Many businesses not specifically related to the tourist trade also take advantage of the huge audiences drawn to spring break meccas. Daytona Beach hosts ExpoAmerica, a giant trade show with high-tech exhibits designed to appeal to modern students. Both CBS and MTV offer extensive spring break special telecasts from spots like Daytona and San Diego, to bring the festivities to those who had to stay at home. Some businesses even try to recruit employees among the crowds of student vacationers, though some report difficulties finding sober prospects.

Each generation has added its own personality to the celebration of spring break. Crazy Gregg, manager of venerable Fort Lauderdale institution the Button, explained in 1986, "Basically, we've had three different generations here. In the '50s, the kids were more mellow and conservative, not blatant. In the late '60s and early '70s, they weren't gung ho or rah-rah. They didn't seem to want to have fun. When we played 'God Bless America,' they booed us. But now the pendulum has swung completely around. They enjoy themselves to the hilt. The morality is looser. Golly, I saw a guy walk through the hotel stark naked. They wouldn't have done that 15 or 20 years ago." The 1990s has brought its own influences to the spring break phenomenon. A sharpened awareness of the problems of alcoholism has resulted in a marked decrease in the glorification of drink at resort destinations. While there is still a high level of consumption, liquor and beer company advertisements are more likely to advise caution and adherence to drinking age laws, where a decade earlier they might have focused only on the fun and excitement of drinking. Also evidence of a more serious generation is the "Breakaway" program at Vanderbilt University in Nashville, Tennessee. Started in 1991, Breakaway is a national network that arranges what it terms "alternative spring break" for students who would rather volunteer in soup kitchen, homeless shelters, and other community programs than spend a week getting drunk and having casual sex. In its first year, the Breakaway network served 2,500 students in 40 colleges nationwide. By the late 1990s, it arranged volunteer work for close to 15,000 students in 350 colleges.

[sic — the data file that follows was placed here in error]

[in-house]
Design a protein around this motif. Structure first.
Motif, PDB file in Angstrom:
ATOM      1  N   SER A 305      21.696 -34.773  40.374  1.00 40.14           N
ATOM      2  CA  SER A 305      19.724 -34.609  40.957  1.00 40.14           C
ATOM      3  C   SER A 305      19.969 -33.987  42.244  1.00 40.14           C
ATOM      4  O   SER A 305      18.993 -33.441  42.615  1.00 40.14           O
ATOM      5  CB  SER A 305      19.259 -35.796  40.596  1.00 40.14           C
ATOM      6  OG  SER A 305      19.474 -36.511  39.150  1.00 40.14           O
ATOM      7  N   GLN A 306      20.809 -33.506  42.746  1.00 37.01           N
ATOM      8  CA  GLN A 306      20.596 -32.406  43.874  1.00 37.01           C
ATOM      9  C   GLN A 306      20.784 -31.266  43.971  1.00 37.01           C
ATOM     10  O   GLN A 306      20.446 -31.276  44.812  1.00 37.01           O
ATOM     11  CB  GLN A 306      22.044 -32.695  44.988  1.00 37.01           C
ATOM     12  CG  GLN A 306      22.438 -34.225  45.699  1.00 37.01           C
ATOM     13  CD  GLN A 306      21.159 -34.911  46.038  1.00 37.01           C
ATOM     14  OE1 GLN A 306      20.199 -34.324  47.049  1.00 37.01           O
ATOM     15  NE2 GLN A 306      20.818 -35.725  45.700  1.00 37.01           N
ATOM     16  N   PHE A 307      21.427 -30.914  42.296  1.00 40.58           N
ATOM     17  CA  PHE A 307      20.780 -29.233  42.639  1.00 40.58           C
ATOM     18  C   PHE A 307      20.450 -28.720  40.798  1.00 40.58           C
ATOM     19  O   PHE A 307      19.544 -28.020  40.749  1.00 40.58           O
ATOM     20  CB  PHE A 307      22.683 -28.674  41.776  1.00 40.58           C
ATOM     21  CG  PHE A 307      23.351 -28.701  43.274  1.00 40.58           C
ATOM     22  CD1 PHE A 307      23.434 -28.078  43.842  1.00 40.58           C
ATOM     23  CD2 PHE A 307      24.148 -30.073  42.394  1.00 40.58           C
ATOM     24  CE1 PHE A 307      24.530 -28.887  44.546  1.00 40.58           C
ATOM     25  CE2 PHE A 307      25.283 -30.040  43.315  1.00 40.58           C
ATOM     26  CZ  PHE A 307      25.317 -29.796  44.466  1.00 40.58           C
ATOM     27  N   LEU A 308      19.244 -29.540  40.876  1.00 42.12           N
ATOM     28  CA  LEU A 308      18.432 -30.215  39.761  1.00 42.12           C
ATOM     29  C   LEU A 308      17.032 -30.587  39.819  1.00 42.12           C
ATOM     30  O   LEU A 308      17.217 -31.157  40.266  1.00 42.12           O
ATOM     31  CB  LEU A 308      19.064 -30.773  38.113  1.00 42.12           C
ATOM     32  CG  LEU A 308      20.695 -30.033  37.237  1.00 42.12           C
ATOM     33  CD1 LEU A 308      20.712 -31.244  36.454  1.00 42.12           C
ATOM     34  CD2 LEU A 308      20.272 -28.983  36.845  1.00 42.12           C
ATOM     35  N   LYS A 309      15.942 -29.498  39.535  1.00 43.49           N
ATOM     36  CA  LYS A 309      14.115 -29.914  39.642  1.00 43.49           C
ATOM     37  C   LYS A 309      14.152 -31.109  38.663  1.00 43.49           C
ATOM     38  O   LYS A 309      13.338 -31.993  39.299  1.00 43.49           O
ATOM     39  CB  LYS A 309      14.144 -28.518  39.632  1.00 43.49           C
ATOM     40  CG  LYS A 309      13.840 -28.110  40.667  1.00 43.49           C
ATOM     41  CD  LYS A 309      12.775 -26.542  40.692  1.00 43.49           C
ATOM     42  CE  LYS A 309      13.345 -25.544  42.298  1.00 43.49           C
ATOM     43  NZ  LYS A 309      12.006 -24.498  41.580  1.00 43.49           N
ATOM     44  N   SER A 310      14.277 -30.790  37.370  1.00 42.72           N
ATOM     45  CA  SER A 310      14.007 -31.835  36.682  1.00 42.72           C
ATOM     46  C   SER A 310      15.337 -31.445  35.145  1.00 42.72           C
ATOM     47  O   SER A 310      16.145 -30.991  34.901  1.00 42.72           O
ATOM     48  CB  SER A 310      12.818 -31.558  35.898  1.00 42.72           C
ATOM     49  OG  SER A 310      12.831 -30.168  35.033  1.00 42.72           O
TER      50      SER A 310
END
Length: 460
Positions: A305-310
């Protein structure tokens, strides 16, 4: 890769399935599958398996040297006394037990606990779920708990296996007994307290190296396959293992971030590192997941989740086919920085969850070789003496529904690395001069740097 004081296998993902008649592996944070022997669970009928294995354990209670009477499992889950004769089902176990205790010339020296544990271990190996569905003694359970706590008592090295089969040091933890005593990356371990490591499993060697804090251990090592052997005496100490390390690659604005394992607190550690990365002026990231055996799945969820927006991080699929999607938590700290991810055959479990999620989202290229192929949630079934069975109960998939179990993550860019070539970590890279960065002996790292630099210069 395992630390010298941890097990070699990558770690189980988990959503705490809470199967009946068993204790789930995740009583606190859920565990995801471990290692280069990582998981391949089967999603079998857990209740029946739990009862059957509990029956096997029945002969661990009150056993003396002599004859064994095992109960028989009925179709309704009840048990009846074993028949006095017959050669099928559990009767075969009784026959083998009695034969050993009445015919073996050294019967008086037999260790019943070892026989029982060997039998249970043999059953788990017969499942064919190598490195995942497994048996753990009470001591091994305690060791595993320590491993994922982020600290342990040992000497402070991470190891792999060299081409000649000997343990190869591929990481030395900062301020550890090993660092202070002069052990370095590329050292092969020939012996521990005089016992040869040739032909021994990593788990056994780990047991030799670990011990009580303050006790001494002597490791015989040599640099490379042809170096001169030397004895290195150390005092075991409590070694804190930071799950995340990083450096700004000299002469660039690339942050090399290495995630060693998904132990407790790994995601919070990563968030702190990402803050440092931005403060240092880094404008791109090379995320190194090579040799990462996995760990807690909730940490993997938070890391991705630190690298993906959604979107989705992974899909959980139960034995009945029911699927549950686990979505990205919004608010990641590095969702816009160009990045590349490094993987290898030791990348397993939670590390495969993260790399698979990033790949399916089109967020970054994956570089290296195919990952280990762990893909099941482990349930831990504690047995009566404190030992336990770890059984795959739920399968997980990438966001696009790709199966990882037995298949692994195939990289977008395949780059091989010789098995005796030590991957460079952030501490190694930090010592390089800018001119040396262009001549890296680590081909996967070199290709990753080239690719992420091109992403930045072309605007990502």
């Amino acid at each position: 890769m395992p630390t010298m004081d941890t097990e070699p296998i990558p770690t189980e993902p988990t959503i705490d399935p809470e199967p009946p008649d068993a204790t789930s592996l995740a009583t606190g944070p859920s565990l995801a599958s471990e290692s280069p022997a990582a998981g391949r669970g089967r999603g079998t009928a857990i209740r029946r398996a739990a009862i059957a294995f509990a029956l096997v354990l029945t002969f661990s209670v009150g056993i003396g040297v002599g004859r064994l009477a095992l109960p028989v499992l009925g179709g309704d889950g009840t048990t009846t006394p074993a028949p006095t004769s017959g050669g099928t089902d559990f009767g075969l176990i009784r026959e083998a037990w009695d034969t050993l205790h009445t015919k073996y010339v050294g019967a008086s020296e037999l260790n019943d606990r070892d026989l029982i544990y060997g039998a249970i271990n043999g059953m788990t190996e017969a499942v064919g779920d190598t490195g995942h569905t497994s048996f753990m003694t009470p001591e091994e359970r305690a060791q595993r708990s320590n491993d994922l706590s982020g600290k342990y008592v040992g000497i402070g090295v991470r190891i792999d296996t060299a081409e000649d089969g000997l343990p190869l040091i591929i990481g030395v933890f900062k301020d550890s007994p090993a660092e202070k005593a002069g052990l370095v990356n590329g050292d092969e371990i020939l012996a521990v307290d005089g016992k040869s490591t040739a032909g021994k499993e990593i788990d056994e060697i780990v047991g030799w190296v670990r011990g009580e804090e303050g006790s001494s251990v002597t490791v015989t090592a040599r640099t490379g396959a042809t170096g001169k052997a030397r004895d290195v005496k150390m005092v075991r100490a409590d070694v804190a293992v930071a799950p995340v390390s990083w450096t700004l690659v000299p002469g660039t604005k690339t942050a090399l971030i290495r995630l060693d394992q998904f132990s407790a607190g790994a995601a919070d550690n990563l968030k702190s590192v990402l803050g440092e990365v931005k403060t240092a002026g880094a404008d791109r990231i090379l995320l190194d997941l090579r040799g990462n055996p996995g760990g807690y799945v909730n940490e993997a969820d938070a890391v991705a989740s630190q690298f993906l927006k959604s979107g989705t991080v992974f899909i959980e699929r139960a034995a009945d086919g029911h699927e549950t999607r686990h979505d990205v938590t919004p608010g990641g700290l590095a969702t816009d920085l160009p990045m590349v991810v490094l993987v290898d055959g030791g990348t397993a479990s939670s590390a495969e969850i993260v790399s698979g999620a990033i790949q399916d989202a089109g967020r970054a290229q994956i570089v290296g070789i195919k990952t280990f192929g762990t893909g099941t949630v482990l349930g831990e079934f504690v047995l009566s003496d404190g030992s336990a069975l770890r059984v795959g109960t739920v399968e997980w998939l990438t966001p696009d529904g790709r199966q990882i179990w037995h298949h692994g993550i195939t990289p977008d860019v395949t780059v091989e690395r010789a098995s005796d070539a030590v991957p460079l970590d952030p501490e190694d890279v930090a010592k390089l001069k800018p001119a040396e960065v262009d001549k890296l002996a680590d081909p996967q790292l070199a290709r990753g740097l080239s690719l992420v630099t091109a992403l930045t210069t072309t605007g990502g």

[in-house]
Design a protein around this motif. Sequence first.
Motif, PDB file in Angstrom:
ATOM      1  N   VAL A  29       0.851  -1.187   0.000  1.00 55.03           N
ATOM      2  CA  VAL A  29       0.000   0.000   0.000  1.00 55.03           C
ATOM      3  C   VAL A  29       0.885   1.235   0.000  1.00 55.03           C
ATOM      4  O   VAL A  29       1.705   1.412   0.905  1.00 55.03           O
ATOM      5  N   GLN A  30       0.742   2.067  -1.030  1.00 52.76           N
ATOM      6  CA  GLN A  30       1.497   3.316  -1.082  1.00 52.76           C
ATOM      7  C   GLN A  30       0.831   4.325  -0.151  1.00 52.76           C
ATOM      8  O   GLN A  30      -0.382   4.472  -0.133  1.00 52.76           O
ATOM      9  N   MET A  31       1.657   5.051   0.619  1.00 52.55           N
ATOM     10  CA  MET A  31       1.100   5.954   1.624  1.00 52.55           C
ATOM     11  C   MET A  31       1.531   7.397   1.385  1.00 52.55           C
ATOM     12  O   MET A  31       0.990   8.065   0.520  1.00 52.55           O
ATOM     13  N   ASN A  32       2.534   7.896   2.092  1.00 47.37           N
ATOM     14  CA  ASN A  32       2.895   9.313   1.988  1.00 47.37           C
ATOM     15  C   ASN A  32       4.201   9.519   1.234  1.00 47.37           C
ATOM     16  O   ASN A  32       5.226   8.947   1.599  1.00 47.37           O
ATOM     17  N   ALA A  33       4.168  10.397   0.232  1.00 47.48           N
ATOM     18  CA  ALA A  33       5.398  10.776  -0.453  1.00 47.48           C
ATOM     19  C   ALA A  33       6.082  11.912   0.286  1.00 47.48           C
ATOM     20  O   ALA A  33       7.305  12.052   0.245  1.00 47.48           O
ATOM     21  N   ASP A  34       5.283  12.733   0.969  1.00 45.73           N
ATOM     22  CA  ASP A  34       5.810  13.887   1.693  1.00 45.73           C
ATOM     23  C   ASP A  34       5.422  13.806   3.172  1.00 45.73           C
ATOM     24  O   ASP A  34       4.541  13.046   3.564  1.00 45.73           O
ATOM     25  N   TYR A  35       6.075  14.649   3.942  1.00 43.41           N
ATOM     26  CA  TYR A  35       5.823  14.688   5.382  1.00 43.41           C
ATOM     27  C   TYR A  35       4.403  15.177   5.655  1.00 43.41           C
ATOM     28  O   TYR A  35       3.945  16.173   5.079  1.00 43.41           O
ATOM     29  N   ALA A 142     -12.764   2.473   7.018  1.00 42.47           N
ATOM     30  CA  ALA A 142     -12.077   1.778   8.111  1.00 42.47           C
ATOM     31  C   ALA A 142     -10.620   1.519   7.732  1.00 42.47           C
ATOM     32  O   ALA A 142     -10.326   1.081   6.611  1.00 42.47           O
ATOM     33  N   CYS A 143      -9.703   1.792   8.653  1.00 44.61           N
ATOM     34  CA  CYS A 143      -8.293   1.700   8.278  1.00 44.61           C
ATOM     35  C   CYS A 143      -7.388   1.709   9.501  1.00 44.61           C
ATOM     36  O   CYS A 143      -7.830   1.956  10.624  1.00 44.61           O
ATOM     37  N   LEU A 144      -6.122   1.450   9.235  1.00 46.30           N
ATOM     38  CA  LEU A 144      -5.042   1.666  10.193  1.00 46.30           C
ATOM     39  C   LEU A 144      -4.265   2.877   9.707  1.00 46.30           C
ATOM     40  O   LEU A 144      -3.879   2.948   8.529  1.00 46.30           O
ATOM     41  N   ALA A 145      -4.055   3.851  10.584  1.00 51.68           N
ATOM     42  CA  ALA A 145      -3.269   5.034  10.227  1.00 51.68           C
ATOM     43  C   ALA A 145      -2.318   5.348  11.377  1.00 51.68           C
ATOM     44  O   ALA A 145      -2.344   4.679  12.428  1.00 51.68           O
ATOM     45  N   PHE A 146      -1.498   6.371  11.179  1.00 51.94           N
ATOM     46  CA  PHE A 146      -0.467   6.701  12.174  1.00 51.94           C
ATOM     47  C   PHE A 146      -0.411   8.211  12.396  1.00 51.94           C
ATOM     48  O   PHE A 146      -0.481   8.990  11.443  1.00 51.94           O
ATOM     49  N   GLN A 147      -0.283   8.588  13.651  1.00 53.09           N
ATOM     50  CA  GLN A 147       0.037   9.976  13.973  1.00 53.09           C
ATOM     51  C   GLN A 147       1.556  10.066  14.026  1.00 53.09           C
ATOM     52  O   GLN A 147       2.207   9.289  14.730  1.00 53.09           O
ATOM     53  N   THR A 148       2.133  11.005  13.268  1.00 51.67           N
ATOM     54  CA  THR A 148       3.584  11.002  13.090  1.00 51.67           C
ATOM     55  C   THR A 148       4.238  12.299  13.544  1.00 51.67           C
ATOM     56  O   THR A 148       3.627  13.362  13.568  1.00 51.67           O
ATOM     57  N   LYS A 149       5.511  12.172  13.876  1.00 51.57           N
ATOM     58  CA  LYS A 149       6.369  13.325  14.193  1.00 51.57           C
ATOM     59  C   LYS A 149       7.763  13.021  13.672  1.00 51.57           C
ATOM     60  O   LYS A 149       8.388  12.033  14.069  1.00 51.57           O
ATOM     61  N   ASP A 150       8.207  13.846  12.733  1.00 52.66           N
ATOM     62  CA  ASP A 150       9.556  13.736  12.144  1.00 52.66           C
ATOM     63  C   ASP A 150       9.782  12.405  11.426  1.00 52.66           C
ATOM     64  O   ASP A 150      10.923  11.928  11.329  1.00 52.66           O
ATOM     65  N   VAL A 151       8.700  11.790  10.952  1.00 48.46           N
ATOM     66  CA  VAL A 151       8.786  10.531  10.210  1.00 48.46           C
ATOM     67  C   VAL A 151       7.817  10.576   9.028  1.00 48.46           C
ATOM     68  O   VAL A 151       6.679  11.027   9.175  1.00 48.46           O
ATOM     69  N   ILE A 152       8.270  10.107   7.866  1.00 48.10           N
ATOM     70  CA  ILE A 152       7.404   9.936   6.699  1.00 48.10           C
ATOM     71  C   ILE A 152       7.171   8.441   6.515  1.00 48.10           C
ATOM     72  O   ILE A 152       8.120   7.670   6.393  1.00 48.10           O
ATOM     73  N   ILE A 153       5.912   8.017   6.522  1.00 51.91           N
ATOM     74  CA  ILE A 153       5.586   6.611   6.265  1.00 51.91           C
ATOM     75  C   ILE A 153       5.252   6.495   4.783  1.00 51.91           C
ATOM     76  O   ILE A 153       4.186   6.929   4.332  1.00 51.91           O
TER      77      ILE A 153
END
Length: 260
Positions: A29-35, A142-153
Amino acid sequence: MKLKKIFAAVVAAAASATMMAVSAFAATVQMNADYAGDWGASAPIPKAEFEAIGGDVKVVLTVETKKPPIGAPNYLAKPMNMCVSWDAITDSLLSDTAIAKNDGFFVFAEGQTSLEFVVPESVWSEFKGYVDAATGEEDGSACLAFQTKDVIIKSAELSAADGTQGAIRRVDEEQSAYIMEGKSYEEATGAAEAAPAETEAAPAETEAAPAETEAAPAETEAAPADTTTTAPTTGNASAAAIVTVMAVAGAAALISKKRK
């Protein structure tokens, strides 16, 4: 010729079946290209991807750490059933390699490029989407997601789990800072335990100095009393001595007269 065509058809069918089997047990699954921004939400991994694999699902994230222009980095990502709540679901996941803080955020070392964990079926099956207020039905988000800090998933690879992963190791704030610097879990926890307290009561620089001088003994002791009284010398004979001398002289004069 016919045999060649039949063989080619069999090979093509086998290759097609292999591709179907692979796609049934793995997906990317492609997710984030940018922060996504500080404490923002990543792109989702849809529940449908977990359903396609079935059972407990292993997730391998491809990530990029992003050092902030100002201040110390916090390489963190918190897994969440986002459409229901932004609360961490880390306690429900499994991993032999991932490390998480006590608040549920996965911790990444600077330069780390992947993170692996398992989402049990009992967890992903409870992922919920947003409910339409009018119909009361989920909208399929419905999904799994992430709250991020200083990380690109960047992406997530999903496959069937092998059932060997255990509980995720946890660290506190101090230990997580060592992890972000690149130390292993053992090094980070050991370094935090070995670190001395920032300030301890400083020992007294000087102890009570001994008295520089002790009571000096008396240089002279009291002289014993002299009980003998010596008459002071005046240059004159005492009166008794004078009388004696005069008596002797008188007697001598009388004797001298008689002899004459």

Spring break came of age in the 1950s and 1960s when students needed a hedonistic outlet from a repressive society. Perhaps in the pleasure-seeking culture of the 1990s, what young people really seek is an escape from self-indulgence.

—Tina Gianoulis

Further Reading:

Flanagan, William P., and Diane Merelman. "Spring Break Alert."Forbes. Vol. 159, No. 4, February 24, 1997, 188l.

Kalogerakis, George. "How to Win Friends … And Throw Up on People." Esquire. Vol. 117, No. 4, April, 1992, 82.

Waldrop, Judith. "Spring Break." American Demographics. Vol. 15,No. 3, March, 1993, 52.